October 17, 2019

EPA Identifies Potential Risks to Workers Who Handle the Herbicide Paraquat

EPA has published draft human health and ecological risk assessments for paraquat dichloride, an herbicide currently used to control weeds and grasses in agricultural and commercial settings. These draft risk assessments represent the next step in EPA’s regulatory review of paraquat as part of the Federal Insecticide, Fungicide, and Rodenticide Act registration review process. The agency’s draft human health risk assessment describes potential risks to workers who apply paraquat or enter treated fields after application. EPA also notes potential risks from spray drift to bystanders. The draft risk assessment identifies skin damage as the most commonly reported symptom for human exposure incidents resulting from occupational use of paraquat. Skin damage ranged from blisters and dry skin to chemical burns and lesions.

EPA assessed additional health hazards of paraquat by performing a “systematic review of the epidemiologic literature” on exposure to the herbicide.

“EPA reviewed a robust set of literature on paraquat exposure which included over 70 articles that investigated a range of health outcomes, including Parkinson’s disease, lung function and respiratory effects, and cancer,” the agency’s website explains. “Based on this review, EPA concluded that registered paraquat products do not cause Parkinson’s disease when used according to the label.”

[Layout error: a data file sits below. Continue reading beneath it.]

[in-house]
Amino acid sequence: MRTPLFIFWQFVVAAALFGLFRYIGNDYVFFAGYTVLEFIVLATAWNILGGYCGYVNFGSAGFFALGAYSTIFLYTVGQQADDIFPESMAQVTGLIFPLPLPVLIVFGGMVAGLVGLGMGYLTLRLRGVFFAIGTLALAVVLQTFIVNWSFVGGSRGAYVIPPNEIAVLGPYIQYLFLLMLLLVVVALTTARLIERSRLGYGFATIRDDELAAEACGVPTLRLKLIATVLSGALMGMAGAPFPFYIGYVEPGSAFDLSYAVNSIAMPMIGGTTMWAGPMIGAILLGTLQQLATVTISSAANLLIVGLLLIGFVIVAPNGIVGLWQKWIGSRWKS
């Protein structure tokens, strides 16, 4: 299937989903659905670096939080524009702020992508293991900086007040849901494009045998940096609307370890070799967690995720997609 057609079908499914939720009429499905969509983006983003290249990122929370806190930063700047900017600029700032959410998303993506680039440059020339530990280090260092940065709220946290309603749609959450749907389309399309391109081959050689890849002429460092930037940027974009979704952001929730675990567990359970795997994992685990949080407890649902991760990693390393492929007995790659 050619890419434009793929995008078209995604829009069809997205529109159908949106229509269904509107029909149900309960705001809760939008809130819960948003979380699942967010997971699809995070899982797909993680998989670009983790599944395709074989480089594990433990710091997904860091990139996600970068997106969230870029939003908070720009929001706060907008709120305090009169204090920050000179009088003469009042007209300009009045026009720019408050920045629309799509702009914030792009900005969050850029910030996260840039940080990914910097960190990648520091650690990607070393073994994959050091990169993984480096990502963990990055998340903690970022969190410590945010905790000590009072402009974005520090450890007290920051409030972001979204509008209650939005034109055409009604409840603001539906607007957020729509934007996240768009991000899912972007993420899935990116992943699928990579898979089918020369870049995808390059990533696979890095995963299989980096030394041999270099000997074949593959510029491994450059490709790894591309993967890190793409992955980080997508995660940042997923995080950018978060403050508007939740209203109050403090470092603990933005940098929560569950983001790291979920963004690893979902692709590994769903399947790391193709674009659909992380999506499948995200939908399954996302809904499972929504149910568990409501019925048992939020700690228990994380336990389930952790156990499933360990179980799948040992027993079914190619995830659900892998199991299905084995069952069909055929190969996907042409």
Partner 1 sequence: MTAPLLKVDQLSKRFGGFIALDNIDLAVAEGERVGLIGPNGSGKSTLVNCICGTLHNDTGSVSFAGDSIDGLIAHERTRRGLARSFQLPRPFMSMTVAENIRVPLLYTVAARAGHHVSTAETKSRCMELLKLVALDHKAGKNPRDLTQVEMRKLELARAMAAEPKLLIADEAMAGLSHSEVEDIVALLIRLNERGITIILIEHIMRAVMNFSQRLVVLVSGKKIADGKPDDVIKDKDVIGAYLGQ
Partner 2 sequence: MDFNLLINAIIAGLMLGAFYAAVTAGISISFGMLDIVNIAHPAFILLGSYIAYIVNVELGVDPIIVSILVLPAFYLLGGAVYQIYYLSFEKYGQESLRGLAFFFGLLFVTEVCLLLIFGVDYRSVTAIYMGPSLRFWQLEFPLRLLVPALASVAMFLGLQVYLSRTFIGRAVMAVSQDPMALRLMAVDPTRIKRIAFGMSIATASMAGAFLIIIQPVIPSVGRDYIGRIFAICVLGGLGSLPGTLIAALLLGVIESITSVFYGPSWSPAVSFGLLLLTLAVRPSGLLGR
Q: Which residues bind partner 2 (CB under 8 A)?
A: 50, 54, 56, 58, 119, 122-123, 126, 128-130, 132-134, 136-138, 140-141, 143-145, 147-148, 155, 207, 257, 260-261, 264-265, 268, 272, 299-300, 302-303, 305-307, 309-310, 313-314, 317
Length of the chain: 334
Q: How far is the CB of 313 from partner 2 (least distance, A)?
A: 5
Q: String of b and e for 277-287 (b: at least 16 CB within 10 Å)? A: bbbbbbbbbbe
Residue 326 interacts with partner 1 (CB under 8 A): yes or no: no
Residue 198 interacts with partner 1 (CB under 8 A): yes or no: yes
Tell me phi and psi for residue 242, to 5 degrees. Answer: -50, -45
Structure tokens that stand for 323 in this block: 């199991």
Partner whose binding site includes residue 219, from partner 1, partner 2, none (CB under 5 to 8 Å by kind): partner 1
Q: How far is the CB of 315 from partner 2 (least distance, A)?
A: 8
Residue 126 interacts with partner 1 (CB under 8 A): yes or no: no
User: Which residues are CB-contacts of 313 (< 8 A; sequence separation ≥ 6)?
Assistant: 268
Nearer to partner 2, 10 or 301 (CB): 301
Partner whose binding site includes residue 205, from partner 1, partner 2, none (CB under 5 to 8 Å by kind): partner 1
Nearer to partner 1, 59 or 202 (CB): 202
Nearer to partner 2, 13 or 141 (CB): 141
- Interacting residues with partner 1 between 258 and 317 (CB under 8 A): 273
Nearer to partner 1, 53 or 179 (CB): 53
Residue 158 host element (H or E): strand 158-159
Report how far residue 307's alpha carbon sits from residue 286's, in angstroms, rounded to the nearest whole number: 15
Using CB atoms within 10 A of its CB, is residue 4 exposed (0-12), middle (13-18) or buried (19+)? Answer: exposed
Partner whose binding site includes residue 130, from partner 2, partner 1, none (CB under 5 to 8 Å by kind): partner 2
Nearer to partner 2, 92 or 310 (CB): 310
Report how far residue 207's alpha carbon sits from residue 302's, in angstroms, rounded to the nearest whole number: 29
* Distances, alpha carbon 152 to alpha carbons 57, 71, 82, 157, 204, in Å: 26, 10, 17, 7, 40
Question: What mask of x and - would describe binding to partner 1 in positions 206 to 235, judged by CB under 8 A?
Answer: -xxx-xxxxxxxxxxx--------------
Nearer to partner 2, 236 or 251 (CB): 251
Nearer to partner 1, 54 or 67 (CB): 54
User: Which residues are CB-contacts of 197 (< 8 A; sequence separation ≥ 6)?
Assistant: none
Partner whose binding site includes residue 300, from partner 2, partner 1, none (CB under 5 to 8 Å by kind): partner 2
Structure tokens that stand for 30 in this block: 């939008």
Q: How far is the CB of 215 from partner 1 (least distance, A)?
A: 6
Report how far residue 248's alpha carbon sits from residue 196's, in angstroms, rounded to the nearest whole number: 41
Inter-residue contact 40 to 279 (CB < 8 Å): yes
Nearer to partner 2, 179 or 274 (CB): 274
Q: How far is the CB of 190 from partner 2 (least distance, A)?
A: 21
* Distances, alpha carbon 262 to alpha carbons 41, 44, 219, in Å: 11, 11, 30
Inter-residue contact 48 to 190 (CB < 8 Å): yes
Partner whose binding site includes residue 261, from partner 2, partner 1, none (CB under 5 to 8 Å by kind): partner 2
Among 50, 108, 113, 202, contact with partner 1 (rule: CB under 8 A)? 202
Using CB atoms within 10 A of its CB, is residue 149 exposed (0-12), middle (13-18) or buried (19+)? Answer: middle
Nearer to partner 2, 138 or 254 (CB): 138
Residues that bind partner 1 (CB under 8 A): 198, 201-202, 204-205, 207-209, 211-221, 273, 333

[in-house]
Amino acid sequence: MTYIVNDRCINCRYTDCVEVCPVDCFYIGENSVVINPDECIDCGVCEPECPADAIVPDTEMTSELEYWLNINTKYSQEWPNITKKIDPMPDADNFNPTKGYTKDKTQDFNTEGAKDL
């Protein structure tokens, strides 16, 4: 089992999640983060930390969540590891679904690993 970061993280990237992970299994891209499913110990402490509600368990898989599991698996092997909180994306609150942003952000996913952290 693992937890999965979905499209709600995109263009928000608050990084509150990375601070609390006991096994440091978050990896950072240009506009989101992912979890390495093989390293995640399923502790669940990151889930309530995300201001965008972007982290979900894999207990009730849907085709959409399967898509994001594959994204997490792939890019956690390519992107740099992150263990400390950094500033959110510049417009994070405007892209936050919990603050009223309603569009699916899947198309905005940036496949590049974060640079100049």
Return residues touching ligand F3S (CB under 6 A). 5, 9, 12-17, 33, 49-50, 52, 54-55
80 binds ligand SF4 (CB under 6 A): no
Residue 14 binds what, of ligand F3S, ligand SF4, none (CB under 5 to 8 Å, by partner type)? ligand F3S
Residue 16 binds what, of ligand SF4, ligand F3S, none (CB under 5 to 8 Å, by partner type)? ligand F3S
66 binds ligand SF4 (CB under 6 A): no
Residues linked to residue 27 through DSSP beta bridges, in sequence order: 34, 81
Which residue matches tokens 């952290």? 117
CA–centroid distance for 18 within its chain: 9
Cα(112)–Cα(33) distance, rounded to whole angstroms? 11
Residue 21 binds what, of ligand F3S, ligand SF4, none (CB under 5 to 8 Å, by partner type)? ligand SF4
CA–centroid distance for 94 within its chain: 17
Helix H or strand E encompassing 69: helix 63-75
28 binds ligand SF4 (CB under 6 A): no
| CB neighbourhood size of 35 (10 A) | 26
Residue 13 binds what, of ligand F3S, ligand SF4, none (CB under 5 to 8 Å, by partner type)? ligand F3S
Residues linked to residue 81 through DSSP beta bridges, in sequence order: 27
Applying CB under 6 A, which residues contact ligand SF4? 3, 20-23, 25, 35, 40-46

Seventeen articles reviewed by EPA examined lung function and respiratory effects, and eight articles examined cancer outcomes. The agency’s report states that there is “insufficient epidemiologic evidence” of a clear link between occupational exposure to paraquat and health outcomes such as general lung function and respiratory symptoms, wheeze, allergic rhinitis, asthma, and chronic bronchitis. In the section of the report focused on cancer classification, EPA notes that paraquat is currently classified as “Category E,” which means that there is evidence of non-carcinogenicity for humans.

EPA’s draft ecological risk assessment identifies risk to mammals, birds, terrestrial invertebrates, terrestrial plants, and algae.

The agency seeks public input on its assessments from stakeholders such as environmental, human health, farm worker, and agricultural advocates; the chemical industry; pesticide users; and others. Comments will be accepted until Dec. 16, 2019. EPA intends to use the comments it receives to determine whether updates or revisions to the assessments are necessary. The agency will then propose additional risk mitigation measures, if necessary, in 2020. More information on submitting comments is available in the Federal Register notice.